After another win kept Liverpool’s 100 per cent record up, Steven Scragg considers the key characters from the game and the return of Brendan Rodgers.
‘Random fixture list quirks,’ eh?
Who’d have possibly thought that we’d be thrown together with Brendan Rodgers’ Leicester City side, within such close proximity to the fourth anniversary of his departure from Anfield?
More surprising was that neither Sky or BT Sport opted to take this one on as a live televised game.
An unusual 3pm kick-off on a Saturday afternoon it was, then. Drama, sub-plots and intrigue raged in this one.
Three more points were collected and weekends were ruined all over the country; not only by Liverpool winning but by the belated manner and the means by which James Milner decided the final outcome.
Used to the concept that Jurgen Klopp and his team live rent-free in the heads of rival teams and their supporters, the Liverpool manager was up against his landlord on Saturday.
The biggest question mark, for me, about the arrangement of Klopp living under Rodgers’ roof is whether or not that big mad portrait Rodgers had of himself is still on the wall of Klopp’s rented abode.
Rodgers is a complex conundrum.
2013/14 was an incredible effort by him, that almost took us to the Premier League title with a squad that wasn’t really built for the mission. An intoxicating core of fine players, but an utter lack of strength in depth. Wondrous football was played, and belief returned to the club.
What surrounded that remarkable campaign was general underachievement, however. By the time he was sacked, the squad that Rodgers handed on to Klopp was arguably a worse one than the squad that he had, in turn, inherited from Kenny Dalglish.
Part inspirational coach, part PT Barnum. Rodgers was startlingly good at self-promotion. To an eager audience, he was hypnotic while on the crest of a wave yet jarring when the club was stuttering.
It was always going to be interesting to see which version of Rodgers would roll back into Anfield, for the first time since he was ushered to the exit door four years ago. He emerged before kick-off with an almost sheepish set of applause for all four sides of the ground, which was reciprocated.
In such circumstances as Rodgers’ return to Anfield, the Liverpool support would have bided their time for a 3-0 lead before singing his name.
The issue with this was that Rodgers is actually a very good coach. He isn’t the ‘chancer’ some make him out to be. Liverpool weren’t going to be winning this one by a cavernous scoreline, thus the singing of Rodgers’ name was never going to be happening.
We can breathe a sigh of relief that we have navigated our way past this reunion and remain a touch uneasy that we are still to travel to the King Power Stadium later in the season.
We can also be hopeful that Leicester will be in a similarly combative mood when they play other top six teams this season. They might even be a top-six side themselves this season.
Something which seemed to fall under the radar of a late winning goal, and the grumblings of ex-England internationals on Match of the Day, was just how abrasive Leicester’s general approach to the game was. They accumulated four yellow cards and could arguably have ended the game with nine players.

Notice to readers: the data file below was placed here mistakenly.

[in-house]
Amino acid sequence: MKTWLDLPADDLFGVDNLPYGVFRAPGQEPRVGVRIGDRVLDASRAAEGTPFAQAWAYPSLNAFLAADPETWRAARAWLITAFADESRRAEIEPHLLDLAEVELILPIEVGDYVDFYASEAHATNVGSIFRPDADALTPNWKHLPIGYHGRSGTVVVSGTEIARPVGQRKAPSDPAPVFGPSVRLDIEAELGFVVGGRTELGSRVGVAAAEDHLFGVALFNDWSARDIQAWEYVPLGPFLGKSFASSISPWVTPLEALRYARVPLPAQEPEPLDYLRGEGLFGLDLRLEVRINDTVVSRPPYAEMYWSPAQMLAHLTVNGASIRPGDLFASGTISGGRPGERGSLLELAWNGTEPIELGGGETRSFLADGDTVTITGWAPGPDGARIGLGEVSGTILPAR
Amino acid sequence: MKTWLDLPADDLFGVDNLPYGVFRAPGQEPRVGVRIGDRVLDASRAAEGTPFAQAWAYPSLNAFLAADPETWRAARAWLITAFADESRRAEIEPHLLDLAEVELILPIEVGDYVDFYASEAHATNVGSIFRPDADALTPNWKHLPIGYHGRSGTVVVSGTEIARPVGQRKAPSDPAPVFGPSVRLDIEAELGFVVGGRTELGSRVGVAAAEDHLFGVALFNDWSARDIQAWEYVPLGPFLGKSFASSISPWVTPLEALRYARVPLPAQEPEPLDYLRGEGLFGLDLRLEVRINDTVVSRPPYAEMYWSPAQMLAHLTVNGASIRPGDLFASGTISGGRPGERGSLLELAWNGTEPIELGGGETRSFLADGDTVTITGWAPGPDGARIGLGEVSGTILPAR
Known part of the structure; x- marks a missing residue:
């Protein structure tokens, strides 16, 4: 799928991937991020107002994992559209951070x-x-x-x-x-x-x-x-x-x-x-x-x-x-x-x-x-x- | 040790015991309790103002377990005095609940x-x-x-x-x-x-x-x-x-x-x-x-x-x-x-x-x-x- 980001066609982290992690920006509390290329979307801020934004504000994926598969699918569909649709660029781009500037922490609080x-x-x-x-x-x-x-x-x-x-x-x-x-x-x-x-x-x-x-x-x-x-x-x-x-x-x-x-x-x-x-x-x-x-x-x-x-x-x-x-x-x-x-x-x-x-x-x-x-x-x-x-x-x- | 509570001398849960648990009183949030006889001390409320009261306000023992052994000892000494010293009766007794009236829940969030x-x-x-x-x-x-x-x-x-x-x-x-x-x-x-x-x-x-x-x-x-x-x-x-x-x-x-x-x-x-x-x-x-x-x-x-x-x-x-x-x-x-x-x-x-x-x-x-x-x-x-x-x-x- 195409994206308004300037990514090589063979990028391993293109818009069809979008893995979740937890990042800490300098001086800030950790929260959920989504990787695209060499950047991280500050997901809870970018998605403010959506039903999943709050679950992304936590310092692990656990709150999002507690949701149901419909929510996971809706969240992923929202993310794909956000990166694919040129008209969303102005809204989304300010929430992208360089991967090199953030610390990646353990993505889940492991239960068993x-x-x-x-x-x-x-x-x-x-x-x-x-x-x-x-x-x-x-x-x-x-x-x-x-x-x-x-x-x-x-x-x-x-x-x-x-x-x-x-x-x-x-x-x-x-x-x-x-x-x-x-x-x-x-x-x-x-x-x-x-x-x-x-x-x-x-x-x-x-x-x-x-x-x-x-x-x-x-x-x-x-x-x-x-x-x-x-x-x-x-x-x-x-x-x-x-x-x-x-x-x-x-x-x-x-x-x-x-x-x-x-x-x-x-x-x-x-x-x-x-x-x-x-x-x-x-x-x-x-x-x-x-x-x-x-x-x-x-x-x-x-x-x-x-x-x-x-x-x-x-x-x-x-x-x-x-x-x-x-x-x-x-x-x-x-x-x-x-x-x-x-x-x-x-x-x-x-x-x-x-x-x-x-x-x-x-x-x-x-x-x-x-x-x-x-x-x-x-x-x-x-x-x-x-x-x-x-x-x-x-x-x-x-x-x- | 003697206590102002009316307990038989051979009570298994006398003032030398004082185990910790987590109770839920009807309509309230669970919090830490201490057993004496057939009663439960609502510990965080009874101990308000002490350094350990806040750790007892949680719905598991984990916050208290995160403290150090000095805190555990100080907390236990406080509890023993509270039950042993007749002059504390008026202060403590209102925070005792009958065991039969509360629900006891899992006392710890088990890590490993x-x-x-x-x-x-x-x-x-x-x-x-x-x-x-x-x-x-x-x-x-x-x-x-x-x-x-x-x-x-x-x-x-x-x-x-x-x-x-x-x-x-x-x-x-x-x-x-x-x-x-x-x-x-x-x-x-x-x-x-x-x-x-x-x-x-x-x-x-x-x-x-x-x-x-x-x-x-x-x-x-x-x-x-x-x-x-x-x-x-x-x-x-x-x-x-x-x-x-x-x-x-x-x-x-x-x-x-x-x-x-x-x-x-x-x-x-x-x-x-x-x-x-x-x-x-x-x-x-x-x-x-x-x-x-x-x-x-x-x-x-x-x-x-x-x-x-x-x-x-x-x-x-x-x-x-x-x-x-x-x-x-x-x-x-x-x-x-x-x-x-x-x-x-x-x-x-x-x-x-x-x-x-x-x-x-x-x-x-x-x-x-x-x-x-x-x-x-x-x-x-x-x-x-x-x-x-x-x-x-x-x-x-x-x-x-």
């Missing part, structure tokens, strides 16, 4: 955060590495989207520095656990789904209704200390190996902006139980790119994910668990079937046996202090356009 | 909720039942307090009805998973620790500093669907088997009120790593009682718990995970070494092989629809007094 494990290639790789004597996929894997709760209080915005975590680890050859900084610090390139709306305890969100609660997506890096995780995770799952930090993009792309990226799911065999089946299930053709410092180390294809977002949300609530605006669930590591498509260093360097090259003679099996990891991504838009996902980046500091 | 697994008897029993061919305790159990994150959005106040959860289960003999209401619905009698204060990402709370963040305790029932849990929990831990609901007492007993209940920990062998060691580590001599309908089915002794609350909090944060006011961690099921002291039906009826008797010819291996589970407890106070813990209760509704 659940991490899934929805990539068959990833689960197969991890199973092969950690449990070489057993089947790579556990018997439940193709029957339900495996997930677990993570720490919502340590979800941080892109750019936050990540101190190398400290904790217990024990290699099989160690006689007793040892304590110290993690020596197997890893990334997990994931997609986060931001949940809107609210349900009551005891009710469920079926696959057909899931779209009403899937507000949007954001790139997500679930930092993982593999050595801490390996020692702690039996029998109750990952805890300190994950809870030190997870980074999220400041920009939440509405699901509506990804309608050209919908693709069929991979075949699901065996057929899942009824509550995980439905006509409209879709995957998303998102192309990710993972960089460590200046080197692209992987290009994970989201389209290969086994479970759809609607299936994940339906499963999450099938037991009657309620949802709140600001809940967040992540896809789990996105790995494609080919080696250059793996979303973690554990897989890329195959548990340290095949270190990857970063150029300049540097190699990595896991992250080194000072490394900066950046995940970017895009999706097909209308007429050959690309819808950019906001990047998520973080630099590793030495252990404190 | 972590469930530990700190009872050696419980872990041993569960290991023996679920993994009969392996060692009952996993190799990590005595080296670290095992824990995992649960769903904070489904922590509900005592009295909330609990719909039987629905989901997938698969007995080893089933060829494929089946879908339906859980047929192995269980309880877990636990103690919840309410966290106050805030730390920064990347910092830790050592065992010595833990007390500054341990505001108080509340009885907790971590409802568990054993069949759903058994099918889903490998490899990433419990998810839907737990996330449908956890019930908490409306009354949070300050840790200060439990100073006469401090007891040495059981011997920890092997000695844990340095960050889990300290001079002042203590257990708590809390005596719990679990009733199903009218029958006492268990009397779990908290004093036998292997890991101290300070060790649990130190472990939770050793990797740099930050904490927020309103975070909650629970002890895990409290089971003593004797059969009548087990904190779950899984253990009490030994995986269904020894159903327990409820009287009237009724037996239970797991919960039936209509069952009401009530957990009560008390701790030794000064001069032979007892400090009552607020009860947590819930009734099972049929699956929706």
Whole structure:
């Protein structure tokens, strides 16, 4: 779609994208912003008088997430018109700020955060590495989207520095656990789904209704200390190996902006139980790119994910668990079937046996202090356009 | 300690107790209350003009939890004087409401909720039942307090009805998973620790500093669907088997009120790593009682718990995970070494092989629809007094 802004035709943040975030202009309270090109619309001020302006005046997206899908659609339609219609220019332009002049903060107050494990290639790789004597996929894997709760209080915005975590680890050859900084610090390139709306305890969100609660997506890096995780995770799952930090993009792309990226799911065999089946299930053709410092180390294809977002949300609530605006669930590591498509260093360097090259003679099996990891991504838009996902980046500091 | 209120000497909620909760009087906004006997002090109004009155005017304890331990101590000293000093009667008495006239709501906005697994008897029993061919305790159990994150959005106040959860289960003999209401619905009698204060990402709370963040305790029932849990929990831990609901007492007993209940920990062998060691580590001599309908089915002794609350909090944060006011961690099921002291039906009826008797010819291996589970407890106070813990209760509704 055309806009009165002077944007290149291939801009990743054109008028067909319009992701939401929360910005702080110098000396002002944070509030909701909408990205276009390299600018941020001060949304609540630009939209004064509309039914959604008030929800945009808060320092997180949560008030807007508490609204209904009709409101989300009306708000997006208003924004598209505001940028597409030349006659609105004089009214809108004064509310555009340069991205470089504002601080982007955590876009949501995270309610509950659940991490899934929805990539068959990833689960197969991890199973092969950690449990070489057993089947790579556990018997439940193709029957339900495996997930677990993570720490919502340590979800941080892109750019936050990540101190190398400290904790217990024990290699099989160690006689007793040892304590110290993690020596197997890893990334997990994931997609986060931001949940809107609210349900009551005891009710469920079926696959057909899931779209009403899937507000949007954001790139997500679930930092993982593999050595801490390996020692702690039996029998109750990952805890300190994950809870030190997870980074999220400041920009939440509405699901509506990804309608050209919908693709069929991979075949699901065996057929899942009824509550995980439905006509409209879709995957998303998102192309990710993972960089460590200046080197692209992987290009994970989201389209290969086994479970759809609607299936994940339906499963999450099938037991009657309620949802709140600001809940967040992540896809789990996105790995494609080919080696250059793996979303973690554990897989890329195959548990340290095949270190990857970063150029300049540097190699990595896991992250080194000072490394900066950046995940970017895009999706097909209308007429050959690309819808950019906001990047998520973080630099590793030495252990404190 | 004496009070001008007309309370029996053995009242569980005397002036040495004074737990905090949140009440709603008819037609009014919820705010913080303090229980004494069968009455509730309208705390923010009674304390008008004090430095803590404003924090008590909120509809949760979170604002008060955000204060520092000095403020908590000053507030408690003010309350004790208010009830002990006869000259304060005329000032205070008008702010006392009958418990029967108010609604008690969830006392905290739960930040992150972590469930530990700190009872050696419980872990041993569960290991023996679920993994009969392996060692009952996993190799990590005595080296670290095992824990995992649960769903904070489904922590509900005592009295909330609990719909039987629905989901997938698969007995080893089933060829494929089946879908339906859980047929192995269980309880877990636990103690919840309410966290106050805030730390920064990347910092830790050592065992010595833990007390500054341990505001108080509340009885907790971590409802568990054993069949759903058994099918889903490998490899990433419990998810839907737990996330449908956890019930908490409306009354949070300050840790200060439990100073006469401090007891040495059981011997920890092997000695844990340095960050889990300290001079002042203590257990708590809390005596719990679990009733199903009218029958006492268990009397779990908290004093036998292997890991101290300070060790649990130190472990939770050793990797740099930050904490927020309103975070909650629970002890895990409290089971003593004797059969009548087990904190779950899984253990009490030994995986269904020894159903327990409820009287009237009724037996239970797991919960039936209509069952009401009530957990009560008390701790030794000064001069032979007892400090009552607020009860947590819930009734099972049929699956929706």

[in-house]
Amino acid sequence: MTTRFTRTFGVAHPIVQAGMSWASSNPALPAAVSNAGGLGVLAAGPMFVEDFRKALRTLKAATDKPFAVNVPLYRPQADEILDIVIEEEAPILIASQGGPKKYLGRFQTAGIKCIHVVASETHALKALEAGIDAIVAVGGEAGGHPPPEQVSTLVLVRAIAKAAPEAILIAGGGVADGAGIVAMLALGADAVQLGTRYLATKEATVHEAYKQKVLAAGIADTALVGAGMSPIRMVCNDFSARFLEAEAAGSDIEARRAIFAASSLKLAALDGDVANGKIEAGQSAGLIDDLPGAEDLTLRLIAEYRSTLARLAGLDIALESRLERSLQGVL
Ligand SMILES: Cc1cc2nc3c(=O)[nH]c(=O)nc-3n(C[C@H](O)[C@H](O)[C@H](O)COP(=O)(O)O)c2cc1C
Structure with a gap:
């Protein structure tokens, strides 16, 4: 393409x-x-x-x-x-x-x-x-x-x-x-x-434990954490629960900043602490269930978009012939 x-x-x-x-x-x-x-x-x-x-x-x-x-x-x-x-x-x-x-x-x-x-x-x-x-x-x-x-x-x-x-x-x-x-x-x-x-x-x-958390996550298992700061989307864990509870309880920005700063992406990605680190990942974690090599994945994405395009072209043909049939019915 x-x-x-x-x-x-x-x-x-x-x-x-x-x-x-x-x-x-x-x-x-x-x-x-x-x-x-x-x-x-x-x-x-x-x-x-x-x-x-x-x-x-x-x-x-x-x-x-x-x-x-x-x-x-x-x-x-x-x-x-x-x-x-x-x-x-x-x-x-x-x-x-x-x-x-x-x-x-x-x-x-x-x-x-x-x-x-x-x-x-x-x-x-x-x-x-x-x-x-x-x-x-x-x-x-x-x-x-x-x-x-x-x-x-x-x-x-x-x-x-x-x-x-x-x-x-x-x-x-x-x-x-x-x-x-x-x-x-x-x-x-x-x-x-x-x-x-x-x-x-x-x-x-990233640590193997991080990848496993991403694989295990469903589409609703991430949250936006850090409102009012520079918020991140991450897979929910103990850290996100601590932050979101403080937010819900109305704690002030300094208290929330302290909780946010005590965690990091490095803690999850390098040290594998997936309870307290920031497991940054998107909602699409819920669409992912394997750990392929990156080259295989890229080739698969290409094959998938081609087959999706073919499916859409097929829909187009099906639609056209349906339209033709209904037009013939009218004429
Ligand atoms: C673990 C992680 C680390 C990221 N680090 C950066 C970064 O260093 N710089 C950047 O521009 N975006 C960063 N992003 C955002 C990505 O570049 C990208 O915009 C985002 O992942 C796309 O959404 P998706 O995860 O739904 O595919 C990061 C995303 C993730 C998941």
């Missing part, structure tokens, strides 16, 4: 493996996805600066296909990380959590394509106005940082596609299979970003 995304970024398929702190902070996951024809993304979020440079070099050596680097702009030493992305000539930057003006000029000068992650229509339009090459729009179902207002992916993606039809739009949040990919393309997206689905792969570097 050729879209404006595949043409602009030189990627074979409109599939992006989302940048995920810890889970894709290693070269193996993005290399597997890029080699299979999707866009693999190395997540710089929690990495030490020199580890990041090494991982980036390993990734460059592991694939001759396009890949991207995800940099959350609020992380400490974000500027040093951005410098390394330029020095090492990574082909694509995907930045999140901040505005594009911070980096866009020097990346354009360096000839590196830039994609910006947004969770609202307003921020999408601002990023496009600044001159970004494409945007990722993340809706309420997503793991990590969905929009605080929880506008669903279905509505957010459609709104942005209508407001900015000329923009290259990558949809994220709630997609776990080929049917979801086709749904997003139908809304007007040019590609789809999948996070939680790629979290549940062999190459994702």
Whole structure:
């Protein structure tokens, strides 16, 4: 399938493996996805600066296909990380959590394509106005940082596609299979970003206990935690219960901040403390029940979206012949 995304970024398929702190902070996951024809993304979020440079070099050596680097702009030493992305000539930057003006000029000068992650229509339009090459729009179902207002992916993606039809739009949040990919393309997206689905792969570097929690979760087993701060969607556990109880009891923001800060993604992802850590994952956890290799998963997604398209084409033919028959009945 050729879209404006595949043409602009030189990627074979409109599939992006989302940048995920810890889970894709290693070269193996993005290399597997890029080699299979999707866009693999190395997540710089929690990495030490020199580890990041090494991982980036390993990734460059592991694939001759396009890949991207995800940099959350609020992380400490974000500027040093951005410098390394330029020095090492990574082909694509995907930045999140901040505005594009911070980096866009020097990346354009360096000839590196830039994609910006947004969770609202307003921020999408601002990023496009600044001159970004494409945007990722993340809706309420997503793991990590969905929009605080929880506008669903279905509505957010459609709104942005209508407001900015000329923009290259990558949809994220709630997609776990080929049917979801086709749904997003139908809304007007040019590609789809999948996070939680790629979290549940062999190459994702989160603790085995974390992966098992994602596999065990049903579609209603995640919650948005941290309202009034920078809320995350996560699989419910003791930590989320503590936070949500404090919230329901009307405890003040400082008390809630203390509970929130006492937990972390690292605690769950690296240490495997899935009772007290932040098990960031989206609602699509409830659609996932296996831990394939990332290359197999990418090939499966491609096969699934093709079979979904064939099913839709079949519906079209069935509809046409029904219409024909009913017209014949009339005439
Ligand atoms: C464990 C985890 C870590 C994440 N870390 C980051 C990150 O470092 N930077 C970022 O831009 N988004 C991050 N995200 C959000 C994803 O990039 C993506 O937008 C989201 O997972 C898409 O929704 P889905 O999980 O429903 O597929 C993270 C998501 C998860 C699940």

Much was made of the Hamza Choudhury foul by Klopp. It was a coming together with Mohamed Salah that was widely excused in some quarters.
It was a reckless challenge, it was heavy in its nature, it came from the side and was aimed at a player who was moving at speed, while Choudhury was also massively short of the ball. It was the latest in a series of targeted tackles on Salah that provoked the referee to reach for his pocket.
Choudhury might have only made contact with Salah with his thigh, but as part of the bigger picture of Leicester’s premeditated attempts to subjugate Salah and how far the Leicester player was from the ball, then a red would have been wholly applicable.
We wait to see how serious Salah’s injury may yet be.
Oh Mane Mane
If a similar approach to the one deployed on Salah was in operation for Sadio Mane however, then Leicester spent the majority of the game chasing his shadow.
Always a danger going forward and like a heat-seeking missile when tracking back, Mane was at times a more effective right-back than Trent Alexander-Arnold on Saturday.
A wonderful finish for 1-0 when getting on the end of that incredible ball from Milner; winner of the penalty that won us the game—Mane is the best player in the country right now.
In the wake of our Champions League eccentricities against Salzburg, I’d asked for minimal changes to be made to the line-up for the visit of Leicester, bar the return of Joel Matip if fit, and run out for Naby Keita.
Alterations were made to the positions I suggested, but the in-comers came from left-field. While Milner made degrees of sense, after his calming influence against Salzburg last Wednesday, nobody really saw Dejan Lovren as an option.
The pre-match sharp intake of breath about Lovren gave way to a collective pat on the back for his performance.
People forget that Lovren is a good defender technically. What he tends to be guilty of at times is lapses in concentration. In this one, when handed a rare Premier League outing, he was fully focused and played extremely well.
In the case of Milner, he was at his empirical best.
The underlying vibe about Milner is that, collectively, Liverpool fans predominantly think we can do better than him. Personally, I’d rather he be a Liverpool player than not be a Liverpool player. He was coolness personified in stoppage time. I wouldn’t want anybody else taking charge of that match-winning moment.
Eight is the magic number
Eight wins out of eight, we head into the latest international break with a trip to Old Trafford looming on the other side.
We shouldn’t fear this and as long as we own the occasion then we will win it.
Up the table-topping Reds.